Stool softeners soften the stools by increasing their fluid content, making them easier to pass. Docusate (Docusol, Norgalax) is one example of a stool softener. A stool softener used on its own may not always be sufficient and a stimulant laxative may also be needed, especially in the case of a sluggish bowel.
Stimulant laxatives cause the muscles of the colon to contract more often, and with greater force. When the colon contracts, it moves the gut contents along more effectively. Stimulant laxatives take 8–12 hours to work. If you need help getting to the toilet it is important to plan the right time to use stimulant laxatives, so that you know you can get to the toilet at the right time. Senna and bisacodyl are both stimulant laxatives.
These suppositories and enemas are used to lubricate the stool to make it easier to pass or to stimulate the bowel to empty. They are an important part of a bowel management routine as they allow you to choose when to open your bowels.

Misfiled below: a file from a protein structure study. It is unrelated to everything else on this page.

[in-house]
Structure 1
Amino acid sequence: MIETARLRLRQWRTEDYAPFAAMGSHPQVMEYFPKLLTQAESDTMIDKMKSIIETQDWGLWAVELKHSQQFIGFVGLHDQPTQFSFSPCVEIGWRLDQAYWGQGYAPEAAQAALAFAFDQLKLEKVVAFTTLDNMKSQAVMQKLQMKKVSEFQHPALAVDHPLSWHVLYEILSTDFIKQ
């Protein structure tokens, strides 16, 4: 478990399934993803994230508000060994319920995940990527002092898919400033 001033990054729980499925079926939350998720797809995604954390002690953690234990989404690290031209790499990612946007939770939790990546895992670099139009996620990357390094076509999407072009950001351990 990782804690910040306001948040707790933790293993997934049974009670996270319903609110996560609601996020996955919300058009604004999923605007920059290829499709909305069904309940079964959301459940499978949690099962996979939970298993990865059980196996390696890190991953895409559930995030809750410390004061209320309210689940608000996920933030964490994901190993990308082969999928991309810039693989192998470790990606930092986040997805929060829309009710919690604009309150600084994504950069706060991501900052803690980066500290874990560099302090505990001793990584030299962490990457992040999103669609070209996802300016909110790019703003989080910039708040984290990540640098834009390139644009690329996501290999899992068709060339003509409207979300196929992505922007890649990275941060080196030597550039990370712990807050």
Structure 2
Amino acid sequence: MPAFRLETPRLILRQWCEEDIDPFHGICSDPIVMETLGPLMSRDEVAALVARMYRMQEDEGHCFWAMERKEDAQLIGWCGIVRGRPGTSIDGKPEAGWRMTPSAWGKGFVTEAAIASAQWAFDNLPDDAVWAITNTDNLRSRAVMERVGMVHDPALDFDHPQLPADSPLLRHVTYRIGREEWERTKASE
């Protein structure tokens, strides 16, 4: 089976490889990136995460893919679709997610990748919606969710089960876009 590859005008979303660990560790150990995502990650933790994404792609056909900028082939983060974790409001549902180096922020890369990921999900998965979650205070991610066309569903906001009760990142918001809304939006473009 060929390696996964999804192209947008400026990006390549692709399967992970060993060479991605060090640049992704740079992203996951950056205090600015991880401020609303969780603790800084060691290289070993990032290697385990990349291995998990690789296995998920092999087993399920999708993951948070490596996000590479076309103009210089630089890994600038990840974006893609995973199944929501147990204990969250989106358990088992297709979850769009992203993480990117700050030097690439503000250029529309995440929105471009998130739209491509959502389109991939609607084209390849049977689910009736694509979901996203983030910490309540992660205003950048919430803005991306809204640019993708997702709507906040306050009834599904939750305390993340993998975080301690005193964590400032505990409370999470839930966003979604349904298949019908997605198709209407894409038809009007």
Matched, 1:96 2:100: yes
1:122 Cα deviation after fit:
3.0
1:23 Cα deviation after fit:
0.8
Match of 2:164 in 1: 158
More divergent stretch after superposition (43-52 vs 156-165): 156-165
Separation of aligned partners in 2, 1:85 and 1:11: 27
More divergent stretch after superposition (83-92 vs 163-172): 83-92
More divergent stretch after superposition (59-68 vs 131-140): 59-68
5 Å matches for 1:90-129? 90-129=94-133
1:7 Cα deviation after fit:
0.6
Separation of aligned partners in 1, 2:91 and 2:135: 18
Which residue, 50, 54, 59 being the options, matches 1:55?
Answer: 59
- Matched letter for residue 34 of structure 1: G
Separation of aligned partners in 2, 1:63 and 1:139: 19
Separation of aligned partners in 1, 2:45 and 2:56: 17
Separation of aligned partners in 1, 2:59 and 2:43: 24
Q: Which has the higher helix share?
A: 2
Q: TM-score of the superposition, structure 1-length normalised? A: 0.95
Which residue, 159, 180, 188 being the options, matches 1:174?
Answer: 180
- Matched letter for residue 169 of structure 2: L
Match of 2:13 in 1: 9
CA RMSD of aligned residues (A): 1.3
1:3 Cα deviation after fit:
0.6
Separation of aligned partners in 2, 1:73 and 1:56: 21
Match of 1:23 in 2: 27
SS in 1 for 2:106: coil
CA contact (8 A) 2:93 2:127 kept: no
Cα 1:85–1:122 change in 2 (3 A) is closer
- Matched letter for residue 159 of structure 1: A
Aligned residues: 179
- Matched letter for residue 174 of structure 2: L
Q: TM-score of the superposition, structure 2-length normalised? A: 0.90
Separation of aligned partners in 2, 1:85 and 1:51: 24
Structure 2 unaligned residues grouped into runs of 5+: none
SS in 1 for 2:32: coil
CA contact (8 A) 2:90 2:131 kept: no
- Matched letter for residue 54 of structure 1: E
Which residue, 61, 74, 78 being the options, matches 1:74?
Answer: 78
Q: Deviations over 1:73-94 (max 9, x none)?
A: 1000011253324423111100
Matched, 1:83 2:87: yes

Suppositories are solid bullet-shaped medications inserted into the rectum to help lubricate the faeces and to stimulate the rectum to expel the stool. Several different types are available.
Enemas are fluids inserted into the rectum to stimulate emptying. Mini enemas can be inserted by an individual on a regular basis to help the bowel to empty. Larger volume enemas are usually given by a health professional and are used on an occasional basis only.